Dwindling Colorado River Forces First-Ever Cuts in Lake Powell Water Releases
Terrell Johnson Published: Aug 20, 2013, 9:07 AM EDT weather.com



More than a dozen years of drought have begun to extract a heavy toll from water supplies in the West, where a report released last week forecast dramatic cuts next year in releases between the two main reservoirs on the Colorado River, the primary source of water for tens of millions of people across seven western states.

After studying the problems facing the river for the past two years, the U.S. Bureau of Reclamation – the agency charged with managing water in the West – announced Friday that it would cut the amount of water released next year by Lake Powell in Arizona by 750,000 acre-feet, enough to supply about 1.5 million homes.

It marks the first reduction in water flows since the mid 1960s, when the lake was created by the construction of Glen Canyon Dam. "This is the worst 14-year drought period in the last hundred years," said Larry Wolkoviak, director of the bureau's Upper Colorado Region.

The move could trigger an "unprecedented water crisis within the next few years," the business coalition group Protect the Flows told USA Today, as reductions could have major ramifications for farmers and businesses downstream that depend on those flows, as well as on hydroelectric power generation.

"The river is already severely endangered due to way too many dams and diversions," Gary Wockner of SavetheColorado.org told National Geographic, noting the impact the reduced flows also would have on fish and wildlife throughout the Grand Canyon. "The impact on the health of the Colorado River is unsustainable."

It's difficult to overstate how important the Colorado River is to the West. From Lake Powell along the Arizona-Utah border, the river flows more than 300 miles through the Grand Canyon to Lake Mead in Nevada, supplying drinking water to more than 36 million people in Arizona, California, Colorado, New Mexico, Nevada, Wyoming and Utah.

The river also supplies water to 22 native American tribes, 11 national parks, 7 national wildlife refuges, and 4 million acres of farmland, ThinkProgress reports.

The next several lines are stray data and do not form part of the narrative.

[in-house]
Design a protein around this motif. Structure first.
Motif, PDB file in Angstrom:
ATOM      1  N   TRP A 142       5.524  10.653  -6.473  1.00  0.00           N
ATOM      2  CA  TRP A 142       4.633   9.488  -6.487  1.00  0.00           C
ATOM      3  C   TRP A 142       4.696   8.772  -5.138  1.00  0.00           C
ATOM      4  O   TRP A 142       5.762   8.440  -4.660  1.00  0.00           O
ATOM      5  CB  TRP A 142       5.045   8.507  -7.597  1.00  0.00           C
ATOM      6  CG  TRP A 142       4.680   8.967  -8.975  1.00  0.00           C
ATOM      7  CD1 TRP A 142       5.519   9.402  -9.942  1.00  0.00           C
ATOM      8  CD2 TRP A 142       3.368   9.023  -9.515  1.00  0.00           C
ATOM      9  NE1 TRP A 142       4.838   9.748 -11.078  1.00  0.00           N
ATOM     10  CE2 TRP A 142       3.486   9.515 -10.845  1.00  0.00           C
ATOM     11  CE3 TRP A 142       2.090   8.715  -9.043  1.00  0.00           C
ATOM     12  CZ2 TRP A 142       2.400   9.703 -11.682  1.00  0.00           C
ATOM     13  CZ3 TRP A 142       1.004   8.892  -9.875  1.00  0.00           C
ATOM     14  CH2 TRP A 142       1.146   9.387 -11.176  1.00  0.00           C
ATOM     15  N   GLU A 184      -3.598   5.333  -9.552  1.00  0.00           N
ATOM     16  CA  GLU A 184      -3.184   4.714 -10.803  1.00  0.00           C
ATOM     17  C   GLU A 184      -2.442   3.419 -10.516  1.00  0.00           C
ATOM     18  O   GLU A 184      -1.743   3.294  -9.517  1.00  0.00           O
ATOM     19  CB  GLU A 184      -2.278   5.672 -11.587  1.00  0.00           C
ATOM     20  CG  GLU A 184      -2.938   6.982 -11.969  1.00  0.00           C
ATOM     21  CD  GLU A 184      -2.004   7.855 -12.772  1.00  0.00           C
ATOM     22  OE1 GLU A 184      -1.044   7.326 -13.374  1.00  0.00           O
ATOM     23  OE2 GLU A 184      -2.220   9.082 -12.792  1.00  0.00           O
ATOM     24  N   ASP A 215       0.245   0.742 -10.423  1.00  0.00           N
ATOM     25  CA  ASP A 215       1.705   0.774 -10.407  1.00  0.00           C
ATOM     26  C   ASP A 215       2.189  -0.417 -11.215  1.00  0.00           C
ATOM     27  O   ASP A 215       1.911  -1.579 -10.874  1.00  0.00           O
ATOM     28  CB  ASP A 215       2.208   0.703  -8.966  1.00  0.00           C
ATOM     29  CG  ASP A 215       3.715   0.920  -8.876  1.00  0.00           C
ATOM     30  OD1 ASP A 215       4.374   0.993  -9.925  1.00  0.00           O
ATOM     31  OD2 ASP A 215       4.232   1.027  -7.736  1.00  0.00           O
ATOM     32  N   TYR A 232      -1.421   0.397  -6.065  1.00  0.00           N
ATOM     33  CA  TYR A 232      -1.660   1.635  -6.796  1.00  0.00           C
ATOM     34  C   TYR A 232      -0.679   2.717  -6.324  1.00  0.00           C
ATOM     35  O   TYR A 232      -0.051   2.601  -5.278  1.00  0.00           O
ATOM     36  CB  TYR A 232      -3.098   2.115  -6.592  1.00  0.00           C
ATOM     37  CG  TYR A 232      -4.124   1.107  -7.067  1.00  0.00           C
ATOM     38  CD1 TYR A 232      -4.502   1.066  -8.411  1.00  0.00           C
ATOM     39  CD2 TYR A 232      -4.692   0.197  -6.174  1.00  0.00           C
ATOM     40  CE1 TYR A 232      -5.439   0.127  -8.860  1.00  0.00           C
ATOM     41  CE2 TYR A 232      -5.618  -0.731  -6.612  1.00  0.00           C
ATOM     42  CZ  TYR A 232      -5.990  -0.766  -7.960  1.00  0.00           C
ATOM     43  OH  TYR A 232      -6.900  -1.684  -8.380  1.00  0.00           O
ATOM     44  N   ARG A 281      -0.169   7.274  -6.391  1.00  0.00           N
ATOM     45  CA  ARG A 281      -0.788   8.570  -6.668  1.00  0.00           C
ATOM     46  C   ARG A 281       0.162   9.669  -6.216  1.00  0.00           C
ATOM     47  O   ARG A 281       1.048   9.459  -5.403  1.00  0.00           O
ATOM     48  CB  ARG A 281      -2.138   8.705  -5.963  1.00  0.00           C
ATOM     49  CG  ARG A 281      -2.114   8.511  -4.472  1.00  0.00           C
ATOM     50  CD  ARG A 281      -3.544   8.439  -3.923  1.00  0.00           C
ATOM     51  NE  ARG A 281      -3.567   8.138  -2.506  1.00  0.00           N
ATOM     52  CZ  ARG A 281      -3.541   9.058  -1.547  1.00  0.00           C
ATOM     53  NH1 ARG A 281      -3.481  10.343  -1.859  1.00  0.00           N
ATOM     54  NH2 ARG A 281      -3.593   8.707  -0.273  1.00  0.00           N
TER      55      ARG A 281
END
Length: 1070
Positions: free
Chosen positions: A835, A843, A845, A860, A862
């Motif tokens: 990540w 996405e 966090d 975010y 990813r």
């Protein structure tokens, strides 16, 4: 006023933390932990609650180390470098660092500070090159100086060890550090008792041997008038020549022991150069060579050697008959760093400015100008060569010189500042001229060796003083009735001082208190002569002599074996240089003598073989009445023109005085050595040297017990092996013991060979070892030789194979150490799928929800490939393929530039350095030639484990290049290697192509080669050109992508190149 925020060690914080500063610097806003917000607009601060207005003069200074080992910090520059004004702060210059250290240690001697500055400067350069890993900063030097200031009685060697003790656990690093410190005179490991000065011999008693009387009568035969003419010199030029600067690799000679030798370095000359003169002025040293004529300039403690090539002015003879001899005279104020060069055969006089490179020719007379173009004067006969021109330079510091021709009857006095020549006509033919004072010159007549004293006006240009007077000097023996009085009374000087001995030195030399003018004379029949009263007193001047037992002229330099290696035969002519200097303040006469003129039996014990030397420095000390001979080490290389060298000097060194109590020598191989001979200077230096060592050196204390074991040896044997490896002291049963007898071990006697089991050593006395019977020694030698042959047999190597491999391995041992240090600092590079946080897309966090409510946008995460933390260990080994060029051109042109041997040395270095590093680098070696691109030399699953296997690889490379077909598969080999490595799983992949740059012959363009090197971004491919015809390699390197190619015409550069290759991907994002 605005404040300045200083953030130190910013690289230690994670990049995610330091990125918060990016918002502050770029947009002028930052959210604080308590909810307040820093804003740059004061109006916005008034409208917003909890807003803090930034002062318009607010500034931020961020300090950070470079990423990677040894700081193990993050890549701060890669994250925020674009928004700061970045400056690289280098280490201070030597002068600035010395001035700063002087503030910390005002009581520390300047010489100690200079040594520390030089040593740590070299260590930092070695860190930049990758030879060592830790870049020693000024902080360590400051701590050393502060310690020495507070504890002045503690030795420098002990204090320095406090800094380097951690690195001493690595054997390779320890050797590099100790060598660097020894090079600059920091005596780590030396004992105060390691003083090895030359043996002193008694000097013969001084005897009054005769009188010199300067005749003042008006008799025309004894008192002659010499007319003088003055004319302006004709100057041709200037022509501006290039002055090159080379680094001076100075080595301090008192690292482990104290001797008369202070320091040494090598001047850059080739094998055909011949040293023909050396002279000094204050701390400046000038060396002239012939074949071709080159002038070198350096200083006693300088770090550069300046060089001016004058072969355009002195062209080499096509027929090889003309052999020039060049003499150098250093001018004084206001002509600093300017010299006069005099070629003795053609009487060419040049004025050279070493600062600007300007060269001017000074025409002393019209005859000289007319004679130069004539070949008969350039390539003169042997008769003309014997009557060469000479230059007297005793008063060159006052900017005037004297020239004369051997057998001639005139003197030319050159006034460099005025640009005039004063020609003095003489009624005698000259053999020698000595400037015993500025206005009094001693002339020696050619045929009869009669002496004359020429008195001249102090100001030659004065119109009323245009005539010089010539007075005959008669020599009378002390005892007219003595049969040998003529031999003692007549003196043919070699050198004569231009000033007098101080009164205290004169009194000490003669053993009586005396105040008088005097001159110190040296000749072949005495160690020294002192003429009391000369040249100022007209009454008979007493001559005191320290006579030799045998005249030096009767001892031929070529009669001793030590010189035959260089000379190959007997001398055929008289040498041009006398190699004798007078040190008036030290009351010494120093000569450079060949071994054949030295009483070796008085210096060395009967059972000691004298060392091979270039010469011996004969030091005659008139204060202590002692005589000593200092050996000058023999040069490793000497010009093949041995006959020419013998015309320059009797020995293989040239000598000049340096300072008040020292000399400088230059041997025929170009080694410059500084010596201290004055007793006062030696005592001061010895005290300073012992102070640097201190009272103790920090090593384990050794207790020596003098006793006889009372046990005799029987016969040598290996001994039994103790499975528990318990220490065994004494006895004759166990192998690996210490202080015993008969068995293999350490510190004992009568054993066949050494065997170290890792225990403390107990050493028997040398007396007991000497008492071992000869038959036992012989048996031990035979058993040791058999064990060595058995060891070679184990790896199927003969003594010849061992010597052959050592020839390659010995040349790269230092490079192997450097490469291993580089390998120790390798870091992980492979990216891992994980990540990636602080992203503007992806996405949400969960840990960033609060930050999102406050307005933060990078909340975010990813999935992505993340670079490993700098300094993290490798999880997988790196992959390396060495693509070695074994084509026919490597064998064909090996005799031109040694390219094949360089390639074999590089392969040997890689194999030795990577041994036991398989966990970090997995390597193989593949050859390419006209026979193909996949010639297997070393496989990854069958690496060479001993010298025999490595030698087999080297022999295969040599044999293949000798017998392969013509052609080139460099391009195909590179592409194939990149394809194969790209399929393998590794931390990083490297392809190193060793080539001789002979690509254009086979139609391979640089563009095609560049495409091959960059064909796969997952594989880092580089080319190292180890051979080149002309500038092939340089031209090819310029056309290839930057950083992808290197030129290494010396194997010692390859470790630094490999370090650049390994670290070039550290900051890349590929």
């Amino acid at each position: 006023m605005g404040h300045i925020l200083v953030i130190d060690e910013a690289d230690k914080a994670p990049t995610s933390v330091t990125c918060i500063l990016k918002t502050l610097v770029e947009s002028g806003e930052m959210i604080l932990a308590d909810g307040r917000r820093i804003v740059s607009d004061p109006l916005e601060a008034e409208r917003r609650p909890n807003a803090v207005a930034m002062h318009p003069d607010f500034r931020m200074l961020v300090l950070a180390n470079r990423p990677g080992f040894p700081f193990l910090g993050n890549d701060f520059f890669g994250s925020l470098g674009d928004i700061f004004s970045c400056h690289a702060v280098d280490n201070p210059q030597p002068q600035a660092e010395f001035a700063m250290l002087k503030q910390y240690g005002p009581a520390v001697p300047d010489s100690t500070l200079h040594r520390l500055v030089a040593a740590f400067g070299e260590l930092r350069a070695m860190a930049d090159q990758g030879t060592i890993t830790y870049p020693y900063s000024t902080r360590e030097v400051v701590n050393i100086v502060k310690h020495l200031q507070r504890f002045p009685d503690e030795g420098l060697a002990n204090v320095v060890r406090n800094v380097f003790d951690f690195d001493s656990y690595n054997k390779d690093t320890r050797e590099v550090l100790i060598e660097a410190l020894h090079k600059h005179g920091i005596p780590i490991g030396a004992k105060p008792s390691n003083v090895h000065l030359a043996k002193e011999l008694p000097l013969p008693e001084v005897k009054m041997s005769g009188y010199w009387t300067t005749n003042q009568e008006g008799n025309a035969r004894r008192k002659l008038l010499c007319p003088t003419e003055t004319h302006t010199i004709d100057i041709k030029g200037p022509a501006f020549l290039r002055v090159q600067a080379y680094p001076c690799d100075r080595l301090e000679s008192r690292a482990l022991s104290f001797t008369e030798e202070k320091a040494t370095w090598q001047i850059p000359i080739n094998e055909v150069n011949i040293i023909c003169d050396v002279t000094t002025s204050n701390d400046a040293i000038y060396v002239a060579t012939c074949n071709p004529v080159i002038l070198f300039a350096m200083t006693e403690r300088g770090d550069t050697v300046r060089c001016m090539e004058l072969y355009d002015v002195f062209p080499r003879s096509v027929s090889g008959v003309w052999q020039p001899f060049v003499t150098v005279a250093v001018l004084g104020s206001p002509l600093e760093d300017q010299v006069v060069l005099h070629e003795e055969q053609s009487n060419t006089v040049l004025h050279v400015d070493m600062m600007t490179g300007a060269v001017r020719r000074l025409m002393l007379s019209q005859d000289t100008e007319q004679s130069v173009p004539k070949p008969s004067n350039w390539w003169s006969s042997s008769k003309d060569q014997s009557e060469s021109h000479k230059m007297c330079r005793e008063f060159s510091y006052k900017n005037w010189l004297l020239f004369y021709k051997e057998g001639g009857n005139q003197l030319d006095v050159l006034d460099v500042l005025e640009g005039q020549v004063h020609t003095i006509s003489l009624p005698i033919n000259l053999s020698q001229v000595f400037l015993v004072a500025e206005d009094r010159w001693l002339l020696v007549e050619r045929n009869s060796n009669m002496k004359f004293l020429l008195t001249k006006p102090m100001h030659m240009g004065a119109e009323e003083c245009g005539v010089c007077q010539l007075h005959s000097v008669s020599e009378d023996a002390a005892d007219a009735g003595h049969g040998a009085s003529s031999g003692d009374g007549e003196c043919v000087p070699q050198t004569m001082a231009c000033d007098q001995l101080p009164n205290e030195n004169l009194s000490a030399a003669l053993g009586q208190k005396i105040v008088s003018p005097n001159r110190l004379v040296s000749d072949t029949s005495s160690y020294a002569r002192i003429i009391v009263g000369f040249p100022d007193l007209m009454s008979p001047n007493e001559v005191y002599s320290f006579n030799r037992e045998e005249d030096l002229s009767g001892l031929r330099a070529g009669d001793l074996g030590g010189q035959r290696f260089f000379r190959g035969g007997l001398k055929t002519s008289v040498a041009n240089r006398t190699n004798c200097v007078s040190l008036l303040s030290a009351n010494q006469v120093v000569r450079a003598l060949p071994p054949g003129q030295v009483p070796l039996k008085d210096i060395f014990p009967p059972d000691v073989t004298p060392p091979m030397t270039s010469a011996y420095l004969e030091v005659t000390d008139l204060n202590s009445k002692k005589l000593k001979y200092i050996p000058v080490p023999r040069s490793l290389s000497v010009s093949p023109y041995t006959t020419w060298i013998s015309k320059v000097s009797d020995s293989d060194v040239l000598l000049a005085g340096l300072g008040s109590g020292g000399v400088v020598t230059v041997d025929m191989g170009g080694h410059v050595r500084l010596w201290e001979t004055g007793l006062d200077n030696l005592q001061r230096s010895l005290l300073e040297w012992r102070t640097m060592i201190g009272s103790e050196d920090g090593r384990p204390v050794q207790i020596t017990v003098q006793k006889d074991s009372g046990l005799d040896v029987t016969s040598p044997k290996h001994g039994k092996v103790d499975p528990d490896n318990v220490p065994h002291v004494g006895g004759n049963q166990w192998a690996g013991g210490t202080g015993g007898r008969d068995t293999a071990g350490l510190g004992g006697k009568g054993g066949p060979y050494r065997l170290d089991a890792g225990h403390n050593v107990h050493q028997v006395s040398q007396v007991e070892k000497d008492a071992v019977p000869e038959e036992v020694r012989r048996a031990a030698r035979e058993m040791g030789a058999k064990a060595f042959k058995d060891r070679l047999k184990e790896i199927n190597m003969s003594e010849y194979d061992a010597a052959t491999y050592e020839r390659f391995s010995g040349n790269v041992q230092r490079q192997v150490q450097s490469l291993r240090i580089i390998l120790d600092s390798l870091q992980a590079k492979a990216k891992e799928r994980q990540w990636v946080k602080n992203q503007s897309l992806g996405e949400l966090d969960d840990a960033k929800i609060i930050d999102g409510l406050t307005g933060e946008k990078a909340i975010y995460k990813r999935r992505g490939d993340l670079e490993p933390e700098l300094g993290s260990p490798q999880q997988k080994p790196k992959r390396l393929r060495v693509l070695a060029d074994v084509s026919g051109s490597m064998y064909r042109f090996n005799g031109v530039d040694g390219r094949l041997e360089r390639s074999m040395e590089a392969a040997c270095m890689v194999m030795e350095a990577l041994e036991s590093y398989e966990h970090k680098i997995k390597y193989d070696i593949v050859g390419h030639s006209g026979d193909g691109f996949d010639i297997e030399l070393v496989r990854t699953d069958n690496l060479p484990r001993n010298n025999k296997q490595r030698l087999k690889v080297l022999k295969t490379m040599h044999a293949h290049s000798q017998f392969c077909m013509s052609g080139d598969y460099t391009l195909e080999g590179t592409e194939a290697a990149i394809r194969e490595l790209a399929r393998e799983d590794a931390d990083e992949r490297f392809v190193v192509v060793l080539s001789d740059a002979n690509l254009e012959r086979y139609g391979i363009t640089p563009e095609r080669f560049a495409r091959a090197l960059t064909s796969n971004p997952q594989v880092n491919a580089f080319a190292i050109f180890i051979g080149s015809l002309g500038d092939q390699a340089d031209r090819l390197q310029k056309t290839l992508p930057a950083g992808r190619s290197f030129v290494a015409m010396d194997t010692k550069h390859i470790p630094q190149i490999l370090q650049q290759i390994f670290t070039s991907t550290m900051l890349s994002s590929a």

At Lake Mead, water levels will lower by 8 feet as a result of the reduction, after the lake already has dropped by about 100 feet since the current drought began in 2000, the Wall Street Journal notes. That would bring water levels there – now about 1,105 feet – within striking range of 1,075 feet, considered the threshold for the U.S. Department of the Interior to declare a water shortage.



Low water levels at the Lake Mead Reservoir at Hoover Dam, shown in the 'bathtub ring' around the shoreline. The ring is colored white thanks to mineral deposits on surfaces that once were underwater.






Today, Lake Powell is only about 45 percent of its full capacity while Lake Mead stands at 47 percent full, according to Chuck Collum of the Central Arizona Project (CAP), which delivers water from the Colorado River to central and southern Arizona.

He told USA Today that the forecast would mean CAP would see its water releases reduced by about 320,000 acre-feet, or a cut of about 20 percent. CAP says this will have no impact on the cities and Native American tribes it serves, however, because the reduction would impact largely underground storage and non-Indian agriculture.

For Las Vegas, which draws most of its water from Lake Mead and grew by more than 6,000 people a month in the 2000s, the extremely dry conditions of the past decade already have prompted a raft of water restrictions and conservation measures -- including banning grass front lawns in new home developments.

But the city isn't counting on conservation alone. If the conditions of the past several years continue indefinitely, by 2015 water levels at Lake Mead could drop below one of Las Vegas's two intakes there, imperiling the city's water supply. Today, its water authority is scrambling to build a third intake to allow it to draw water at levels below 1,000 feet -- an insurance policy if the lake's levels drop low enough to put its first intake out of service.

(MORE: 20 Cities That Could Run Out of Water)

"It's essentially a race for us," Scott Huntley of the Southern Nevada Water Authority told National Geographic, because the lake likely "is going to drop more precipitously than seen in the past."

At their root, the potential water shortages both lakes face is the result of what has happened to the Colorado River over the past decade. Long-running drought across the Southwest has starved the river to its current low flows, and climate change is expected to reduce them by 5 to 20 percent over the next 40 years, University of Colorado geoscientist Brad Udall told Smithsonian Magazine.

Its impacts will be felt at each stage of the river's development: less snowfall in the Rocky Mountains will mean less water enters the river at its start, while hotter air temperatures and drier weather will mean longer droughts and more water lost to evaporation.

Drought, combined with overuse – some 70 percent of the river's capacity is siphoned away to water more than 3 million acres of farmland – already have produced some of the Colorado's lowest flows in more than 1,000 years, Udall told National Geographic. "Something very, very unusal is going on," he added, noting that today's low water levels should be a "kick in the pants" to spur both short-term and long-term water planning for the region.